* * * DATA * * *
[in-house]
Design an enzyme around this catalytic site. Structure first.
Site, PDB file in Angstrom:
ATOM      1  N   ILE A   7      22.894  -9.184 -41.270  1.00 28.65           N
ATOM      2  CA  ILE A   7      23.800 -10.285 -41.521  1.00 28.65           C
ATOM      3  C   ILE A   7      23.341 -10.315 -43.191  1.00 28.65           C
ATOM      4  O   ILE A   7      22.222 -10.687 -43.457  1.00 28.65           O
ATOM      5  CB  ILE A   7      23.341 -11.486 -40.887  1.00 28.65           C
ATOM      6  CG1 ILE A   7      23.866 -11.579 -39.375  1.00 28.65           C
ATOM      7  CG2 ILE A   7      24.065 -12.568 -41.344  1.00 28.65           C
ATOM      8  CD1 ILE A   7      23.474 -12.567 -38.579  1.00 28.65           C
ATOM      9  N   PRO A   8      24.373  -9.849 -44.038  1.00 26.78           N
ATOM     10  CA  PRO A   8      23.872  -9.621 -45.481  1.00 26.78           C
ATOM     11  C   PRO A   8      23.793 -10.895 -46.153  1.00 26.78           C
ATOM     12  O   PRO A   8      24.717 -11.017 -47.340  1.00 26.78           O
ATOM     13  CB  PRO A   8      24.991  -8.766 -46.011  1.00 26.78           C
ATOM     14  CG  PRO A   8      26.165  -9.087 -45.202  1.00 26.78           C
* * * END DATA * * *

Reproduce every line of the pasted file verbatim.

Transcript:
[in-house]
Design an enzyme around this catalytic site. Structure first.
Site, PDB file in Angstrom:
ATOM      1  N   ILE A   7      22.894  -9.184 -41.270  1.00 28.65           N
ATOM      2  CA  ILE A   7      23.800 -10.285 -41.521  1.00 28.65           C
ATOM      3  C   ILE A   7      23.341 -10.315 -43.191  1.00 28.65           C
ATOM      4  O   ILE A   7      22.222 -10.687 -43.457  1.00 28.65           O
ATOM      5  CB  ILE A   7      23.341 -11.486 -40.887  1.00 28.65           C
ATOM      6  CG1 ILE A   7      23.866 -11.579 -39.375  1.00 28.65           C
ATOM      7  CG2 ILE A   7      24.065 -12.568 -41.344  1.00 28.65           C
ATOM      8  CD1 ILE A   7      23.474 -12.567 -38.579  1.00 28.65           C
ATOM      9  N   PRO A   8      24.373  -9.849 -44.038  1.00 26.78           N
ATOM     10  CA  PRO A   8      23.872  -9.621 -45.481  1.00 26.78           C
ATOM     11  C   PRO A   8      23.793 -10.895 -46.153  1.00 26.78           C
ATOM     12  O   PRO A   8      24.717 -11.017 -47.340  1.00 26.78           O
ATOM     13  CB  PRO A   8      24.991  -8.766 -46.011  1.00 26.78           C
ATOM     14  CG  PRO A   8      26.165  -9.087 -45.202  1.00 26.78           C